The second part of this principle is “context matters.” This means being mindful of the external (and internal) environment–the whole situation–before you start making judgements. How you initially frame the situation can have a significant impact on whether you succeed or fail. This is important because our intuitions tend to race ahead of our deliberative thinking if we’re not mindful of the need to slow down the process and observe. You need to know if the environment has something to tell you about the situation. Understanding the environment also means understanding your own state of mind. “Remember: specific, mindful motivation matters.” Are you engaged? What are you trying to accomplish? What are your goals? You need to clarify these important points before you start your journey of thought.

2. Be a careful and thoughtful observer. Once you’re aware of your limitations and considered the context you must then truly observe the phenomenon. You must be attentive to details. One needs to be open minded and allow objects, events, and evidence to speak for themselves, without you filtering it through any prior assumptions, preconceptions or expectations.

3. Make room for creative space. Once you have observed and gathered information then it’s time to mull it over, taking the time to ask yourself questions and consider various possibilities and probabilities. In a sense, you’re forming a hypothesis.

4. Deduce. After mulling it over you begin the process of weighing your theories against the known facts and then choosing the best answer. “Objective fact, to a consideration of multiple possibilities, to a narrowing of the most likely ones. No extraneous details, no holes filled in by an all too willing imagination. Scientific deduction at it’s best.”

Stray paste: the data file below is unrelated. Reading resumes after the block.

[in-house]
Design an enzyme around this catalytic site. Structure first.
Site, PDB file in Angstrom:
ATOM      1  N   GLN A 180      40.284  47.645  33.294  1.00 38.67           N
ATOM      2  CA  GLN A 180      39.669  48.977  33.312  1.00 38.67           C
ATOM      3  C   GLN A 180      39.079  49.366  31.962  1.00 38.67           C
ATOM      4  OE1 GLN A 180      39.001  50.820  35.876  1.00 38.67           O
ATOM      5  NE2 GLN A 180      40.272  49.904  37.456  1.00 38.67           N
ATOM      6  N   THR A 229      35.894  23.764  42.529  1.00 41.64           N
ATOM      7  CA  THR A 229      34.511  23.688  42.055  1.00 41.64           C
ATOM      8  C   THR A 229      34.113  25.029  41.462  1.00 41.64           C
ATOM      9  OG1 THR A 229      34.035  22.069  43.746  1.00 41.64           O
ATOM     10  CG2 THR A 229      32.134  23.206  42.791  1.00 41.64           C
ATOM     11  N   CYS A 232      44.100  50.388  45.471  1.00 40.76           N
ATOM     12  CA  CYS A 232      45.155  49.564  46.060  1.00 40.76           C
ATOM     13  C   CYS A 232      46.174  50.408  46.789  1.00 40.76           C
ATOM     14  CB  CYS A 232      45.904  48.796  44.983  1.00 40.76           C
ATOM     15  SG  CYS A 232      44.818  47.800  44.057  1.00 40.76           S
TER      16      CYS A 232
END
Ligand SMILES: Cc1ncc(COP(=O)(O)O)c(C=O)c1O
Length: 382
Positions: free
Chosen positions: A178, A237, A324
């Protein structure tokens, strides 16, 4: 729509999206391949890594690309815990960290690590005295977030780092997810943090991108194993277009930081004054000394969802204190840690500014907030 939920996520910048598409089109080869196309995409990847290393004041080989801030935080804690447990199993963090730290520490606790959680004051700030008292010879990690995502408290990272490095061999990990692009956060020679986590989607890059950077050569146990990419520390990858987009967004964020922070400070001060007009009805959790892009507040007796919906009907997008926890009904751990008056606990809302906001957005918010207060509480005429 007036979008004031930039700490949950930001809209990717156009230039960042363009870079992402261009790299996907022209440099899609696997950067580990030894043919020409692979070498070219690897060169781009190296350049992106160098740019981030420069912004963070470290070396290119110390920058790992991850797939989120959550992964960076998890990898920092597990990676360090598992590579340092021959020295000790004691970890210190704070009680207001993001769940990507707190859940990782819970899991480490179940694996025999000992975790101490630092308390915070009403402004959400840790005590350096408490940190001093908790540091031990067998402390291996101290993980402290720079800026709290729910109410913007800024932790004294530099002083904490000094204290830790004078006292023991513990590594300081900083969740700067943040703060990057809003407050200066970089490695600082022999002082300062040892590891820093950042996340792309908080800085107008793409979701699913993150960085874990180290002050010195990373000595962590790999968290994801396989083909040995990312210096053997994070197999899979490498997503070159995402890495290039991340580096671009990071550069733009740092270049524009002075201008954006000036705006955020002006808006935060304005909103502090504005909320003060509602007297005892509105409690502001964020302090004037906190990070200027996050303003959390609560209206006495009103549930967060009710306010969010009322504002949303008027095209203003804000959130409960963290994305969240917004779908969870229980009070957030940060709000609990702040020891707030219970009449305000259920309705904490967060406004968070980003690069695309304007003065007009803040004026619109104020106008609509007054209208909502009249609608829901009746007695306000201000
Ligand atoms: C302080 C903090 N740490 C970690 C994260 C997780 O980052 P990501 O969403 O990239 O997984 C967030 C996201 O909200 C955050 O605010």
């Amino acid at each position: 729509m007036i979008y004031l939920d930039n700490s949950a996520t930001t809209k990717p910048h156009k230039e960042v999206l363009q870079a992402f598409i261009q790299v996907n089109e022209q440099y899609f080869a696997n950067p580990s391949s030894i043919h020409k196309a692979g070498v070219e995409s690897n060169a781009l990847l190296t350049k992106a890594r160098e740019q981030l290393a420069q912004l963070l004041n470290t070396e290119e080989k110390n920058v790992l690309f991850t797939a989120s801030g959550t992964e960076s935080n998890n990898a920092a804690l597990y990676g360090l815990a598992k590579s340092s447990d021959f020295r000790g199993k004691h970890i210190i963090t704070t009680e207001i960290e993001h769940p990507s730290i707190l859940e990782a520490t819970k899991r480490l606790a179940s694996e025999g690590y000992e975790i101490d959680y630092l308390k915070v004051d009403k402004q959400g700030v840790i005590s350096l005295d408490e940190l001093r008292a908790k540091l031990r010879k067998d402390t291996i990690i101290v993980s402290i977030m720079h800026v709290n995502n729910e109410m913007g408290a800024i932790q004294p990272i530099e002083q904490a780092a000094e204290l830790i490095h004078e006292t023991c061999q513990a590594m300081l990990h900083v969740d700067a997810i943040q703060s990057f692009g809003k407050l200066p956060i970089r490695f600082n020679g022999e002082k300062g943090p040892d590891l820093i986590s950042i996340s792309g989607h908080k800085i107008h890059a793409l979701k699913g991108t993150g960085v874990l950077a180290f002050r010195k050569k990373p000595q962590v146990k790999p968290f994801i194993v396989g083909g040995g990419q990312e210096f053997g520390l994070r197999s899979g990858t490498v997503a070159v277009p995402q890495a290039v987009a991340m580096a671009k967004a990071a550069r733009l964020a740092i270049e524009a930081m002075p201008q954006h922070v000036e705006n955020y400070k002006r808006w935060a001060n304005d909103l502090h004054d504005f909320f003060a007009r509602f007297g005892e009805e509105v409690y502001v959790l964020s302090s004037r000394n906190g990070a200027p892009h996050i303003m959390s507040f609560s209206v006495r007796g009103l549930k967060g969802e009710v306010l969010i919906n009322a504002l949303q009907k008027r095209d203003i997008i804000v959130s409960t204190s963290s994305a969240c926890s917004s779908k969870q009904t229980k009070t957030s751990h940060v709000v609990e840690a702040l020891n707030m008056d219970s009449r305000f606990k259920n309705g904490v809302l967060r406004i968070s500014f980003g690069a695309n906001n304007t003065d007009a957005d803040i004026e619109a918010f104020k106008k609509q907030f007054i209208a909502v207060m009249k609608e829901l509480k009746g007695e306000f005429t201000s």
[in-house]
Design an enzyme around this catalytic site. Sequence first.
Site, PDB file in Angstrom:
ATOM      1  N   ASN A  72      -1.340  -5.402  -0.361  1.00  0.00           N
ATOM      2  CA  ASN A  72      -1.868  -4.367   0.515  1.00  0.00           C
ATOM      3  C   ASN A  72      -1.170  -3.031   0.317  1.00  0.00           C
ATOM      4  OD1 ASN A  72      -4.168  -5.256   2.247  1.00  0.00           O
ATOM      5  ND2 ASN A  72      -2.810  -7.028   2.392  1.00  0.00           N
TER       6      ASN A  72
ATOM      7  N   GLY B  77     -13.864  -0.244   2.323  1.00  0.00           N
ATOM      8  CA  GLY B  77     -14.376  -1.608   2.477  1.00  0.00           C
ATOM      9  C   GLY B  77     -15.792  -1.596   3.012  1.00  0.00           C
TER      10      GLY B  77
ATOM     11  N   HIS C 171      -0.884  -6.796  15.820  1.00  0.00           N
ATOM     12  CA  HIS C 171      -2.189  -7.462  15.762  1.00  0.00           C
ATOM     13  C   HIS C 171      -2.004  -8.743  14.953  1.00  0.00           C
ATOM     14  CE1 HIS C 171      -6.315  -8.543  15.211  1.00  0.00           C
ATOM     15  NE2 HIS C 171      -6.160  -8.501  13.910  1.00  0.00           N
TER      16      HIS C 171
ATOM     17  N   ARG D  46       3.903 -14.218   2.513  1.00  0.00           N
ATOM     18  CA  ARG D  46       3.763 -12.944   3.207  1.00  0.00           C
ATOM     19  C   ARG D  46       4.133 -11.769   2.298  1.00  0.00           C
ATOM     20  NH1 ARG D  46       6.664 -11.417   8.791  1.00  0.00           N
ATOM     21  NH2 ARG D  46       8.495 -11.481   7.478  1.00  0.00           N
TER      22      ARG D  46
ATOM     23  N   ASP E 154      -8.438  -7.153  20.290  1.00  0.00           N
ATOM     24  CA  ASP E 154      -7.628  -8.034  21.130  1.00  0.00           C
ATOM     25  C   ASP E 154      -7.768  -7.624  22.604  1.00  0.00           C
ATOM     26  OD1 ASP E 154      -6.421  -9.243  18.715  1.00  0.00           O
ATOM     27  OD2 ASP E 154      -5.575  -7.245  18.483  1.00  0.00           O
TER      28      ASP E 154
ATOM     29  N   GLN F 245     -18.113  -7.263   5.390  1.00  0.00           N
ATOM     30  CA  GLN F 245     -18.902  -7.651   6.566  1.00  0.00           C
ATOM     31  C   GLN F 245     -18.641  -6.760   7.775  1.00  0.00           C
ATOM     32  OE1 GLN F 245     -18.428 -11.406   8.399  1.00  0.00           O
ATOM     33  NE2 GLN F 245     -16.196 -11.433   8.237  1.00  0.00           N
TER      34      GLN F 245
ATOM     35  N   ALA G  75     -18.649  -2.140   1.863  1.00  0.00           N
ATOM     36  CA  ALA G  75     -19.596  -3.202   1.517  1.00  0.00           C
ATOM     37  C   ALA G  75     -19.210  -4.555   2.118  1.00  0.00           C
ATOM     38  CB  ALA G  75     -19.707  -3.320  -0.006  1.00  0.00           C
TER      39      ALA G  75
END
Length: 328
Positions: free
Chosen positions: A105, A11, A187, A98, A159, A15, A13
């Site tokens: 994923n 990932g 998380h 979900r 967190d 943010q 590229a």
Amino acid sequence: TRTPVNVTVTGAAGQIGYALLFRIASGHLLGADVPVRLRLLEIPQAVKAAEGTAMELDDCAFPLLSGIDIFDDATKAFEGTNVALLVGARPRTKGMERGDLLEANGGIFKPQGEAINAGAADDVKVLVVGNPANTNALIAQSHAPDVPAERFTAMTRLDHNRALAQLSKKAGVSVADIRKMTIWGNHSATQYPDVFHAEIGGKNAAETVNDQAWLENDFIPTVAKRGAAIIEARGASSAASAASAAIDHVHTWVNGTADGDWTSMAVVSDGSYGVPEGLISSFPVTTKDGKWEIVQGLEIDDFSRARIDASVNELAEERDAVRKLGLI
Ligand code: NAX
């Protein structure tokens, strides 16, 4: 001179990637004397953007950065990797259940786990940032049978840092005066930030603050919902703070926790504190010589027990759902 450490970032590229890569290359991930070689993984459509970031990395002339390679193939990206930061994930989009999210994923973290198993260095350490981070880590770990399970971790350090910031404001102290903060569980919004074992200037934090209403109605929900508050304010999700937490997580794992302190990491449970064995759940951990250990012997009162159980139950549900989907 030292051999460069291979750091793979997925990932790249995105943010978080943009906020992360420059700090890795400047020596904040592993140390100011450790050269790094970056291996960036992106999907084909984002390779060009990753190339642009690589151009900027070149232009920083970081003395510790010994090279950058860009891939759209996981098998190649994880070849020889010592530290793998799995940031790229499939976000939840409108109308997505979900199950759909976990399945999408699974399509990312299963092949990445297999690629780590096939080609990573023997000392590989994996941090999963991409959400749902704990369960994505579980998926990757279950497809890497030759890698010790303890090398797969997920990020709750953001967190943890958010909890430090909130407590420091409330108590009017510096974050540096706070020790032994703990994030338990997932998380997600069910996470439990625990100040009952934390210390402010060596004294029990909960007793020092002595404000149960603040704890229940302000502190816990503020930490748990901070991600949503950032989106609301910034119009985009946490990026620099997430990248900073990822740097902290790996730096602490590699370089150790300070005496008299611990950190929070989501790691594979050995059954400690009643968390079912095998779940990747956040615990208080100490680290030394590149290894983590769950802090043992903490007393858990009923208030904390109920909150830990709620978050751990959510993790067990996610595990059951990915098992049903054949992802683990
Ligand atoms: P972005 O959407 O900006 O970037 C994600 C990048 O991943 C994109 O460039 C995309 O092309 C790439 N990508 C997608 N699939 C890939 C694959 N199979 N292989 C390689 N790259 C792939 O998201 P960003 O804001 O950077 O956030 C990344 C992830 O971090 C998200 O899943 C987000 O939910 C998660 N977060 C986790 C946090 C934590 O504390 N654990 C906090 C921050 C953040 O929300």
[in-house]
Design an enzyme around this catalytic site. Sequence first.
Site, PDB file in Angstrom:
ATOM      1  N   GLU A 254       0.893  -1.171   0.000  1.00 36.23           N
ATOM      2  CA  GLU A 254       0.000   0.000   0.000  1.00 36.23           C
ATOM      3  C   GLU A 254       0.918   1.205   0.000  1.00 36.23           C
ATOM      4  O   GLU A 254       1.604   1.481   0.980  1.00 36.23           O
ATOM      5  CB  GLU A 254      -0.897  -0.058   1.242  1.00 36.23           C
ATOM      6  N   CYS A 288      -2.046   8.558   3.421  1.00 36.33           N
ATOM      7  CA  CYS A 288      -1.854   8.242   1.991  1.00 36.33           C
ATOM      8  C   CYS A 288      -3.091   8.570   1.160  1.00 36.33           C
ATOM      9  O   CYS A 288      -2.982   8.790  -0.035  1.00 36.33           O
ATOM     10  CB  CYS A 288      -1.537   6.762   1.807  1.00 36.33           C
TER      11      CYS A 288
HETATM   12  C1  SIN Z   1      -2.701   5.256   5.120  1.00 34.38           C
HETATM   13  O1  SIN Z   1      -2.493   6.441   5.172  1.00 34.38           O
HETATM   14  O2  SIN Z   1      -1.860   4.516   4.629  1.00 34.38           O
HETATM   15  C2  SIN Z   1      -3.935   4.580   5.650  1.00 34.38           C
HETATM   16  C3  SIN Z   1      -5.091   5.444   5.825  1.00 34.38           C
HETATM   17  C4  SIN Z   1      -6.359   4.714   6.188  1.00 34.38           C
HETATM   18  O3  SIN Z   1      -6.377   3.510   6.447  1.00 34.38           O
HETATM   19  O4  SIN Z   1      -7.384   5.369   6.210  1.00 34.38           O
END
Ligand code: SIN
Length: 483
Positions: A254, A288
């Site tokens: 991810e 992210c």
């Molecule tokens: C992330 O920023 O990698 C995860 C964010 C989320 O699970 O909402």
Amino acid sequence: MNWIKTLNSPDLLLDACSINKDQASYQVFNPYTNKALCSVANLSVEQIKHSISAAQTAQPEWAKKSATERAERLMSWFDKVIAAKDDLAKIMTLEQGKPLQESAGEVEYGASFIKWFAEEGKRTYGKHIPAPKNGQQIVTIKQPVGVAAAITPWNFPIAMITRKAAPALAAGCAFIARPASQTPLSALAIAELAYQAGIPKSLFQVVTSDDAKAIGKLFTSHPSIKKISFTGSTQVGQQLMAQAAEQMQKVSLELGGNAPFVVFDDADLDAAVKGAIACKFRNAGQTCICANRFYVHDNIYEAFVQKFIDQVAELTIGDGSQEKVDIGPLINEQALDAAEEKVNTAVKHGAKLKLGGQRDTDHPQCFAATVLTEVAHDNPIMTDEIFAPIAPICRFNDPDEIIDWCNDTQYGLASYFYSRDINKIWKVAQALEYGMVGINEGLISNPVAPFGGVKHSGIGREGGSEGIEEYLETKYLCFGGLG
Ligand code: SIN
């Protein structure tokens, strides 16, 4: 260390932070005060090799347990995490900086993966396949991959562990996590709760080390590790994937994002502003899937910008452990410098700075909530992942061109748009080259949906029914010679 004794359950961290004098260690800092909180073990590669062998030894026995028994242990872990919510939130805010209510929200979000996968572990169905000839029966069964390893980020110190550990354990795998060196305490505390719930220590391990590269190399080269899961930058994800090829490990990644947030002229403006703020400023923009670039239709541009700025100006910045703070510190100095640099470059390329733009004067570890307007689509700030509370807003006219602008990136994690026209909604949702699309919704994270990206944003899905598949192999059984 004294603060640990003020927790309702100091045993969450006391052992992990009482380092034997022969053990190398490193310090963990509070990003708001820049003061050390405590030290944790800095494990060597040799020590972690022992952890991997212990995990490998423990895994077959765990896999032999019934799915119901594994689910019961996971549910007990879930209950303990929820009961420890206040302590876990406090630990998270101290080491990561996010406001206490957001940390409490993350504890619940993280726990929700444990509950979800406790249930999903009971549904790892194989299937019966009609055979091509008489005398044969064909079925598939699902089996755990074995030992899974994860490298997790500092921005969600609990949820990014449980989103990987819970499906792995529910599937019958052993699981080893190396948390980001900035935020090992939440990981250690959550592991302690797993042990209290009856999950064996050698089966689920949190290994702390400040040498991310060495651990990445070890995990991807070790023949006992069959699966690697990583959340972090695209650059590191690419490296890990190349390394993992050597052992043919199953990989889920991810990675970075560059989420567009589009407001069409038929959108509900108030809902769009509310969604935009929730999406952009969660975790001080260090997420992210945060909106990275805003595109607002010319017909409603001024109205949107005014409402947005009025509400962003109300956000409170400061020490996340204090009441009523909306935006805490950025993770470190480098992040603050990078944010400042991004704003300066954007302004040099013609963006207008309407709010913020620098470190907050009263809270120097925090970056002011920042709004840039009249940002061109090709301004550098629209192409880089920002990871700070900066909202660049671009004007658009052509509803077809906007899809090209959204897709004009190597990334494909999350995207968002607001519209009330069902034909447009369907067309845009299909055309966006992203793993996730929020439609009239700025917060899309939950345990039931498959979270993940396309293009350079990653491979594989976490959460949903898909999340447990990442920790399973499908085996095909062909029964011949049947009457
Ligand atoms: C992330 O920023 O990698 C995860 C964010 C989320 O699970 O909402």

5. And principle 5 is straight forward: “Learn–from your failures just as you do from your successes.”

These 5 basic principles make up the scientific method of mind. Master-Mind is loaded with a lot of insights gleaned from research in neuroscience and psychology. This brief post doesn’t do her book justice. If you’re interested in improving your thinking and becoming more reasonable and approaching situations more objectively (and scientifically) then I highly recommend her book.

Large numbers of college students aren’t learning to think critically

In late 2010, Professor Richard Arum led an extensive four year study that examined the development of critical thinking skills in 2,322 college students spread across 24 universities and colleges. The participants were your traditional college aged students. The study’s impact and what it means for our education system are still resonating across academia and the web.